Ultra-Rich on Edge as Brexit Chaos Boosts Odds of Corbyn’s Rise
(Bloomberg) -- Theresa May spent three hours on her feet in Parliament Thursday exhaustively defending her Brexit blueprint. Some wealthy families were paying more attention to the man sitting on the opposite bench, Jeremy Corbyn.
“What keeps families inside and outside the U.K. awake at night is the risk of a Labour government,” said Dominic Samuelson, chief executive officer of Campden Wealth, which helps affluent families network. “All bets are off if that comes to fruition.”
A Labour government could impose higher income and corporate taxes and introduce a wealth tax. Corbyn’s rise would directly impact family decision-making, including investment strategies and the locations of their businesses and family offices, according to Samuelson. By contrast, the prospect of a U.K. withdrawal from the European Union has had a more muted impact on the investment strategies of the world’s richest families.
British billionaire Peter Hargreaves, one of Brexit’s biggest financial backers, said he expects an exodus of entrepreneurs if Corbyn takes power.
“I’m too old to leave, but there will be people who will not be able to tolerate extreme socialism,” said Hargreaves, 72. “Everyone’s talking about the fear of the extreme right. The extreme left’s worse. He’s far more dangerous.”
May’s deal was savaged Thursday, with ministers resigning within hours of one another, including her secretary in charge of negotiations with the EU.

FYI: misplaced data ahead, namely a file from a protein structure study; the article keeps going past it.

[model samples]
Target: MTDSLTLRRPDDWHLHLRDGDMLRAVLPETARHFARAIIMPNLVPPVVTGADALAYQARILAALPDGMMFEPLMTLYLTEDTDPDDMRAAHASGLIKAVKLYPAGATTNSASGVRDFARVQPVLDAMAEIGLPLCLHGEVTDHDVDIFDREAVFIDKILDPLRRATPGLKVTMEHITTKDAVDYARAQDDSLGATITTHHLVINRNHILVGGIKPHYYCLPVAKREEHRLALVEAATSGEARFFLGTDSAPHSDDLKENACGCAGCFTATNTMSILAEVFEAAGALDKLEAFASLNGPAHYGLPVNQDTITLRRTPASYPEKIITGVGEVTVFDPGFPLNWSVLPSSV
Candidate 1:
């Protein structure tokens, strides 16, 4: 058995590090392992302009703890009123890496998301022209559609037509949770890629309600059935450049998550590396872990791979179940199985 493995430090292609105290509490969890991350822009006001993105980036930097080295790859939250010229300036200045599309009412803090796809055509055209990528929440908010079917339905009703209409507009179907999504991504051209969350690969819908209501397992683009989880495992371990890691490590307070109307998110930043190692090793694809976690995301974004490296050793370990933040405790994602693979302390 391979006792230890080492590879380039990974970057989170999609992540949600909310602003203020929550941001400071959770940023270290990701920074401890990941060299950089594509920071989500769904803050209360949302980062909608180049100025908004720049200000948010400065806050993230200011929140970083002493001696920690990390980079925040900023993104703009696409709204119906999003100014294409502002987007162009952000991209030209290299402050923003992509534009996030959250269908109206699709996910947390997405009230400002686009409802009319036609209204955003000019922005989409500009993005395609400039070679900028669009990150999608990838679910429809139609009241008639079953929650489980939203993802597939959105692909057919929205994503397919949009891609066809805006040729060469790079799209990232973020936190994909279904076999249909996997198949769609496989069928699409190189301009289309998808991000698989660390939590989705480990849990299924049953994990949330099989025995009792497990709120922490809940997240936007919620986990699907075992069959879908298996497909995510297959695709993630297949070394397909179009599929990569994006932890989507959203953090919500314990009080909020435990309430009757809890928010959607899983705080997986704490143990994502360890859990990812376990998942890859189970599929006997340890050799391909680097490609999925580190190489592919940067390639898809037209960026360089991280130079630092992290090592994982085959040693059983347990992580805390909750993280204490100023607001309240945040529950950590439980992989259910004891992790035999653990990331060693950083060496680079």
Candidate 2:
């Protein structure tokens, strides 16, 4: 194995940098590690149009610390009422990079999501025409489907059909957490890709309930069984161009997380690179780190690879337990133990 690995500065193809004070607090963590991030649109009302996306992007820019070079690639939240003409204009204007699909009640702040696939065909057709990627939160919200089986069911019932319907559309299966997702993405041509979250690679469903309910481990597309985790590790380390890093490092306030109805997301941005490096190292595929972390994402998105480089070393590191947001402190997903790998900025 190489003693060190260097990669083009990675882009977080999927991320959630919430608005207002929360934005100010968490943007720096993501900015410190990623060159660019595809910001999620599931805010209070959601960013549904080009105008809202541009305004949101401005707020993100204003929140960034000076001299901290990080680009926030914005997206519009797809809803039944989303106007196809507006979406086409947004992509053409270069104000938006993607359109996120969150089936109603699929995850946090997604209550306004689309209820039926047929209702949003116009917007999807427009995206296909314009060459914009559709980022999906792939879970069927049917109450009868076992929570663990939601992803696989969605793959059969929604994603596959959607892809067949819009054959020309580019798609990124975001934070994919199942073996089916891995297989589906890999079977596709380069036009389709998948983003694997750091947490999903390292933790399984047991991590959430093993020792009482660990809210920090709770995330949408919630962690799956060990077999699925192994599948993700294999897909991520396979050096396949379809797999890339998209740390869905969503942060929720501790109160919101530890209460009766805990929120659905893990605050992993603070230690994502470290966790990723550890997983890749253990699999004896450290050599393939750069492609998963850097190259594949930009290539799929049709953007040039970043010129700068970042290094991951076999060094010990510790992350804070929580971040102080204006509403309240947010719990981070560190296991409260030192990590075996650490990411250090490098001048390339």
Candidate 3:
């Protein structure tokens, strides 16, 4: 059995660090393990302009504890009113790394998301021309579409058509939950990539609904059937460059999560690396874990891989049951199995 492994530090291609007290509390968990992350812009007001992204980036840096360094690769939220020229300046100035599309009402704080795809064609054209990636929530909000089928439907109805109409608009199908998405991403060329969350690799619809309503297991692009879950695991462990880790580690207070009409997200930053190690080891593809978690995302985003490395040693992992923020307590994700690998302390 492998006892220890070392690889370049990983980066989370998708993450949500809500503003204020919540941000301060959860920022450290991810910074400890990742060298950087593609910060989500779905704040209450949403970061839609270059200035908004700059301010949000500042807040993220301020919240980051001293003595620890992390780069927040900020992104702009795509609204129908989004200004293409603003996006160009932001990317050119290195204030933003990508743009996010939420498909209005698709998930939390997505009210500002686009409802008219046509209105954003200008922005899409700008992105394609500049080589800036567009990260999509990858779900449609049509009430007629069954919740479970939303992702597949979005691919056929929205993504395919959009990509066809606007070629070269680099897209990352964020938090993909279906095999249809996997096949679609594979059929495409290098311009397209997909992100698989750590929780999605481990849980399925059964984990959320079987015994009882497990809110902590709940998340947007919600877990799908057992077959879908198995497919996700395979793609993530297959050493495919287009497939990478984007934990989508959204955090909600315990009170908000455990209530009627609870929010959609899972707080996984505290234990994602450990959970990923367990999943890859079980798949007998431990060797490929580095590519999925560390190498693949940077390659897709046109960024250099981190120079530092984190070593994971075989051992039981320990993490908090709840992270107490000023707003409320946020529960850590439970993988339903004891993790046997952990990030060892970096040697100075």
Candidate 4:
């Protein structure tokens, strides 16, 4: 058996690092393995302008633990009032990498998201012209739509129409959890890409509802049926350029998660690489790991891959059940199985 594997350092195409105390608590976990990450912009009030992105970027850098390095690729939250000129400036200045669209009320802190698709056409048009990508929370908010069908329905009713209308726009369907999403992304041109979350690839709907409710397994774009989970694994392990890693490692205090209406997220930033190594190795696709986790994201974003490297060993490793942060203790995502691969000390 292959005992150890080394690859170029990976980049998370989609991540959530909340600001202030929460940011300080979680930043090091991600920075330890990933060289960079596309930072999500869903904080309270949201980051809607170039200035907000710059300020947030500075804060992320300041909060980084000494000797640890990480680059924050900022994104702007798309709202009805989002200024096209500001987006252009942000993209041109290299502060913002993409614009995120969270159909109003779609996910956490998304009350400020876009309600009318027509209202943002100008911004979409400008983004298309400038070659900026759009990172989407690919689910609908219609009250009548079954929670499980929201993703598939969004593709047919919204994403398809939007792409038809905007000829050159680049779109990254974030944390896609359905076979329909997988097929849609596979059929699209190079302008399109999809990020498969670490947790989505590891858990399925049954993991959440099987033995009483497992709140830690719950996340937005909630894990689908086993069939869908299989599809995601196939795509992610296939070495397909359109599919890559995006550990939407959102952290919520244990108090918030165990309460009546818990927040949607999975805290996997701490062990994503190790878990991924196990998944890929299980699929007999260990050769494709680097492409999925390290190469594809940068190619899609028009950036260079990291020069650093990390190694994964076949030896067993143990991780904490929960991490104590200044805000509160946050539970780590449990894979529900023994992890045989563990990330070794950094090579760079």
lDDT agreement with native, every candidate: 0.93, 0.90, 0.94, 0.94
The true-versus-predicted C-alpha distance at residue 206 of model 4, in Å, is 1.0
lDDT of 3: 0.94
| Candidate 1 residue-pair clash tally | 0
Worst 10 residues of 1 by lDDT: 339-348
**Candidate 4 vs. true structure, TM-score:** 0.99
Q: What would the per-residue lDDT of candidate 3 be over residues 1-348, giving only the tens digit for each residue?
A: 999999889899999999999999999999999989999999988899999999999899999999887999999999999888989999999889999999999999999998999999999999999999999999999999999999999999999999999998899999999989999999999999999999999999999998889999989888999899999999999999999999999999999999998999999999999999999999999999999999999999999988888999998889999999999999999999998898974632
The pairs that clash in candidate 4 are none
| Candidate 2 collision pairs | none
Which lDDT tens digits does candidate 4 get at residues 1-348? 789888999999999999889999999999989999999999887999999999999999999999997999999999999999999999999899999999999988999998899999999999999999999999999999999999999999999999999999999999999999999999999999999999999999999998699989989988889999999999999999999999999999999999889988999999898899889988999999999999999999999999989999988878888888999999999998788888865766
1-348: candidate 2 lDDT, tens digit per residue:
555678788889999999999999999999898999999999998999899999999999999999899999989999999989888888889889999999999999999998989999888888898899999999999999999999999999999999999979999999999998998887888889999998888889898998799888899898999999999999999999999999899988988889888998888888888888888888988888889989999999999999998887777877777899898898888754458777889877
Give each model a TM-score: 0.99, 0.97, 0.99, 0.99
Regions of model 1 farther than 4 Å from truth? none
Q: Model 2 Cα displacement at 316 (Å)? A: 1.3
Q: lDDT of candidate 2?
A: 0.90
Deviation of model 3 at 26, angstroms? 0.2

Stocks and the pound dropped Thursday, erasing $846 million from the collective net worth of the 15 Britons on the Bloomberg Billionaires Index as the rest of the world’s richest people added $22 billion. British fortunes have dropped 4.6 percent on the ranking this year.
May’s agreement needs to be ratified by lawmakers. If Parliament rejects it, then an early general election is possible. That could open the door for Corbyn, who confounded his critics and the polls in last year’s election to help Labour take its biggest share of the ballot since 2001.
“Ultra-high net worth individuals need to be focused on the political risk of a change in government,” said Harinder Hundle, London managing partner of TwinFocus, a Boston-based multi-family office. The current Brexit deal “is UHNW-friendly and would be positive for a smooth orderly transition.”
Even before this week’s turbulence, there were indications that the world’s wealthiest had started to gird for the possibility of Corbyn moving into 10 Downing St. Some are preparing to leave the country and plenty are taking precautions.
“There are increasing signs that they are making an effort to understand in any detail what it will mean if he wins,” said Keith Johnson, CEO of Family Office Council, a U.K. network of about 100 family offices. “A general sense of dread is being replaced by a more detailed understanding of the risks.”
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